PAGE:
To help your child move through the divorce process as smoothly as possible, keep the following issues in mind:
- Try to make your divorce as amicable as possible. If you and your ex-spouse continue to argue over everything from your divorce settlement to child visitation, this ongoing conflict is going to interfere with the healing process. Both of you should be willing to make some compromises for the sake of your child, and do not overreact to every issue that remains unresolved between the two of you.
- Whenever possible, avoid a lengthy legal battle, which can frighten and demoralize your child. Many states require divorcing parents to meet with a mediator before custody suits are heard; try to resolve these matters out of court to save everyone time, money, and aggravation
- Some research suggests that joint custody tends to be a more favorable situation for children than sole custody, but this is true only if both parents can maintain open communication, tolerate their differences, and work cooperatively as a team. Often joint custody arrangements, which force the child to shuttle back and forth and adapt to two households, cause distress and interfere with the child's social life.
- Try your best to understand the feelings of your youngster and your ex-spouse without attempting to change them. Think of your former spouse as a co-parent, and try to maintain a relationship in which you can talk with each other without a lot of discomfort. This may take some time and patience, but eventually you want to be able to work with your ex-spouse in raising your child, not to remain adversaries.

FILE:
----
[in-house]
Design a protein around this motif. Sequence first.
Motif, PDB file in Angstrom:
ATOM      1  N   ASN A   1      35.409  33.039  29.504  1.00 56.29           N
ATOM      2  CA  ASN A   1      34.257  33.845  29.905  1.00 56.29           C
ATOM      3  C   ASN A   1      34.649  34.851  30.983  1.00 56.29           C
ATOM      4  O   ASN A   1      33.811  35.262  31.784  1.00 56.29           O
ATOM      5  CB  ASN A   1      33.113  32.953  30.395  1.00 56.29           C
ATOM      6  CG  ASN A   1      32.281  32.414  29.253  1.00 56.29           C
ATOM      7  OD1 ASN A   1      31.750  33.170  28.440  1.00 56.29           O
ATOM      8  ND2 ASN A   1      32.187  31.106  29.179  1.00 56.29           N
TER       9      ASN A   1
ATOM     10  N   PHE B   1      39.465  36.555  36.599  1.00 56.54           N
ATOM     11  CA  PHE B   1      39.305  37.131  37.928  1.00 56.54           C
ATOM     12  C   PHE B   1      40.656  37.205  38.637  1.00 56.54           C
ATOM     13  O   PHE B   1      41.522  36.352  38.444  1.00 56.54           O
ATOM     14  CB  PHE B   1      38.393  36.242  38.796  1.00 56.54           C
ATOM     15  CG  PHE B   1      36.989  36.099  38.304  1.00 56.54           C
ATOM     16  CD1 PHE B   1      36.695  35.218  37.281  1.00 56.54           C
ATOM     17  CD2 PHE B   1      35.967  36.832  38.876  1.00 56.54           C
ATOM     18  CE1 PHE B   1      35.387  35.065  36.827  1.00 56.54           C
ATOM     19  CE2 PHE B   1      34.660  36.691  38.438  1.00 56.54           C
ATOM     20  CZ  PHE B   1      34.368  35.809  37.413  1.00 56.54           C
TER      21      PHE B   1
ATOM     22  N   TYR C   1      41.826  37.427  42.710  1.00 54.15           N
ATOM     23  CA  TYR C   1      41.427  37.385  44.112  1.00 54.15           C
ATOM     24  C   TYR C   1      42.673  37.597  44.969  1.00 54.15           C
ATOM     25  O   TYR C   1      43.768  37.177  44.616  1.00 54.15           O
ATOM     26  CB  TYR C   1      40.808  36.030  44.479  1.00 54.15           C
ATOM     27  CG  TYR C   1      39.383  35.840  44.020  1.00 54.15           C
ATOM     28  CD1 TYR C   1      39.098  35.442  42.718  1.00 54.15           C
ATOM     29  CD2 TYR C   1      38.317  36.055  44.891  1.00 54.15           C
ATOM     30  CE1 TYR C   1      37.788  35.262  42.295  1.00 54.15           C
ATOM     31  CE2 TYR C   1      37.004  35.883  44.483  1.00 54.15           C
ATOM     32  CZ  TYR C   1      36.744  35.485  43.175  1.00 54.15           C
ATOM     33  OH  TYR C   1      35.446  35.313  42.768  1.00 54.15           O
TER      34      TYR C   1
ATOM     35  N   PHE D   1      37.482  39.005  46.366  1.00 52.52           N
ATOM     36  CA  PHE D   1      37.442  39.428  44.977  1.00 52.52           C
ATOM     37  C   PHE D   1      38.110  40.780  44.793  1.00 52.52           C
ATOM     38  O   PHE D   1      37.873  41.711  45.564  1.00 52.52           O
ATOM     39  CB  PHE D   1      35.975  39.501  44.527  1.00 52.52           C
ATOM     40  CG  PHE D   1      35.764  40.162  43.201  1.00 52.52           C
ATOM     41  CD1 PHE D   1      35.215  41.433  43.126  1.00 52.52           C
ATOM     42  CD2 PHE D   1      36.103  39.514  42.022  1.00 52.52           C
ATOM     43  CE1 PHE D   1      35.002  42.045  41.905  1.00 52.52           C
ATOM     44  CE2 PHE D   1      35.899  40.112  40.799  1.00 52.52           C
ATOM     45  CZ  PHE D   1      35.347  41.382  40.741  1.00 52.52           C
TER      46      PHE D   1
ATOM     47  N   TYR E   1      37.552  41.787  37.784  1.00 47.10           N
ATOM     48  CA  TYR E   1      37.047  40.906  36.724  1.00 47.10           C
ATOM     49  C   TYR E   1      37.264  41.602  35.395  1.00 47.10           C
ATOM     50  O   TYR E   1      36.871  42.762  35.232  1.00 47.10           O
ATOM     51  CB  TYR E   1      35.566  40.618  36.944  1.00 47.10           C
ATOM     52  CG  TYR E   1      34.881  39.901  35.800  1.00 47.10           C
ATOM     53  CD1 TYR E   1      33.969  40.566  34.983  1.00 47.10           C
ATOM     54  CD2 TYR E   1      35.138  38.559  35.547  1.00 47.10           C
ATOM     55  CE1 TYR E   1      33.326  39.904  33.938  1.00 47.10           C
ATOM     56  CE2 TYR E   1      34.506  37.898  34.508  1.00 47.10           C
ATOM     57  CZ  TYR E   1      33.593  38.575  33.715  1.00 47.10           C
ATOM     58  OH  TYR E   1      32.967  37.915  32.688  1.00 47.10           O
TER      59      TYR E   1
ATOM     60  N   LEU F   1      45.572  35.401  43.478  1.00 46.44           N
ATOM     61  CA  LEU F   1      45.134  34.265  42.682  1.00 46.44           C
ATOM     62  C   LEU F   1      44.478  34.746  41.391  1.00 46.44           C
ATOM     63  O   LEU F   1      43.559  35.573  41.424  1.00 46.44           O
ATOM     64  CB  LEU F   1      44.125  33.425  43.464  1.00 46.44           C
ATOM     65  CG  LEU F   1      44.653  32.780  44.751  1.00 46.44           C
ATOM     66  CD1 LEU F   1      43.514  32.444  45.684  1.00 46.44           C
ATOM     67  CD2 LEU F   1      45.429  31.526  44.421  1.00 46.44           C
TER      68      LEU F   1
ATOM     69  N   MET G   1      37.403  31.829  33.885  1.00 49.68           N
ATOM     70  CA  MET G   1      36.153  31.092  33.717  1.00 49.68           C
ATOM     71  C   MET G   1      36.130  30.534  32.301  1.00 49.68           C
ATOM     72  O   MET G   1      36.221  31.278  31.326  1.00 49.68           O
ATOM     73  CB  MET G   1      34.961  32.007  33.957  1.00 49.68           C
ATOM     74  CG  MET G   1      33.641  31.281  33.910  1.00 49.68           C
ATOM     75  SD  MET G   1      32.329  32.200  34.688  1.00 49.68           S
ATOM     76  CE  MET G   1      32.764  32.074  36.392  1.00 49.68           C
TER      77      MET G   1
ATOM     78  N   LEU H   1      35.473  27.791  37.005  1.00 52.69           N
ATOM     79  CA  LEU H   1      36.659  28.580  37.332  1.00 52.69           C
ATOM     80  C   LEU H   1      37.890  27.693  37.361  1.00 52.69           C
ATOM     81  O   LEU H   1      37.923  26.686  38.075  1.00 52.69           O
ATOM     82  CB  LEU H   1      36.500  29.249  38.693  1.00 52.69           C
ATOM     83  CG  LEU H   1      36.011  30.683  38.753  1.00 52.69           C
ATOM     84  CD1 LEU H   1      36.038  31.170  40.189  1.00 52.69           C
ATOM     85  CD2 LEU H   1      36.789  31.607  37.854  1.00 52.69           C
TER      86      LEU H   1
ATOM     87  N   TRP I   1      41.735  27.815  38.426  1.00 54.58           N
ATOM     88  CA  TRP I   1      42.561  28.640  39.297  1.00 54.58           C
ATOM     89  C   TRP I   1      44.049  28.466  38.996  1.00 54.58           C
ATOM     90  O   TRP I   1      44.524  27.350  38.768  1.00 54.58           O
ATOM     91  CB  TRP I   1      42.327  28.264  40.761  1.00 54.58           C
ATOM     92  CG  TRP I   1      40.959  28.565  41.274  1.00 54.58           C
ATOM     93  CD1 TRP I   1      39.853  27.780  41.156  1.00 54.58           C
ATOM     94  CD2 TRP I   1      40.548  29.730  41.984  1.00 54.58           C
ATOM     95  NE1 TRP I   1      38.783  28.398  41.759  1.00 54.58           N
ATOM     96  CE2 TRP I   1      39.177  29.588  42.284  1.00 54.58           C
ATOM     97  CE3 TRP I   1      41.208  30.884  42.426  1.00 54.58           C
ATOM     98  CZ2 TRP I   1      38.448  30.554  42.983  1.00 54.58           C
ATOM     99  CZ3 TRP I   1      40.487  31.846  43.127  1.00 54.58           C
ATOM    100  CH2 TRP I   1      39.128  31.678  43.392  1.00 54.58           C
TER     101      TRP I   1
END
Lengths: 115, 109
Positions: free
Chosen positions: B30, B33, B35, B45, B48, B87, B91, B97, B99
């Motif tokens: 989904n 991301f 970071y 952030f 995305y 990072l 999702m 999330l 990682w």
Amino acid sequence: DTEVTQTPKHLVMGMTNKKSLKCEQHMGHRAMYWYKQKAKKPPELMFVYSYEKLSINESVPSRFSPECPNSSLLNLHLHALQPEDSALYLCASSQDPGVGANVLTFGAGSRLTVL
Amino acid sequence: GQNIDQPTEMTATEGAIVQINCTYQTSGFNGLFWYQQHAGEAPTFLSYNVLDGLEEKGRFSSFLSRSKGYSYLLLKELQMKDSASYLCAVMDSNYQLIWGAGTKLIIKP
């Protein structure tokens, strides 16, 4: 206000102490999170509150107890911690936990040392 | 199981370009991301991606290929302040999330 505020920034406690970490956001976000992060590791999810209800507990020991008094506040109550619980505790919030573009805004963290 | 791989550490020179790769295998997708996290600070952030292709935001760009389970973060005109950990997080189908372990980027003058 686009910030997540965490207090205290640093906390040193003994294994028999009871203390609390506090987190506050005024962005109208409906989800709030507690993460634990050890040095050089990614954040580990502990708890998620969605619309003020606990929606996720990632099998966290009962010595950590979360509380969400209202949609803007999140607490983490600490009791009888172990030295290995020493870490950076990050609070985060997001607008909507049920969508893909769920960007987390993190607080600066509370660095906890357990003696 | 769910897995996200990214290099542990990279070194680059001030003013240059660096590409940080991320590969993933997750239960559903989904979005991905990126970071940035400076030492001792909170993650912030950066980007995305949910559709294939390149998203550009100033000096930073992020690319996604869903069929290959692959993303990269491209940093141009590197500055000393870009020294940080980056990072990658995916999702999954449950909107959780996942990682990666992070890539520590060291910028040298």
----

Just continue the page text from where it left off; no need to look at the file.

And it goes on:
- Initially, most divorced parents find it easier to discuss parenting issues by phone, since face-to-face contact may raise the emotional climate to uncomfortable levels. But whether you choose to have these conversations by phone or in person, you and your ex-spouse will need to discuss your expectations of each other and establish some ground rules for communicating through the postdivorce period.
- At the outset the most important issues to deal with are visitation and access to your child. Make a schedule of when the noncustodial parent will call and visit. At the same time, you and your ex-spouse should set up a regular schedule for speaking by phone about issues pertaining to your youngster; by routinely keeping in touch with each other, the two of you can deal with your child's problems before they become crises.
- Of course, these discussions should not only be about problems but should also involve sharing observations about the events in your child's life. As trust builds, you will find it easier to discuss issues related to school, health, morals, religious values, and other important matters. With time you can work out a reasonable co-parenting relationship.
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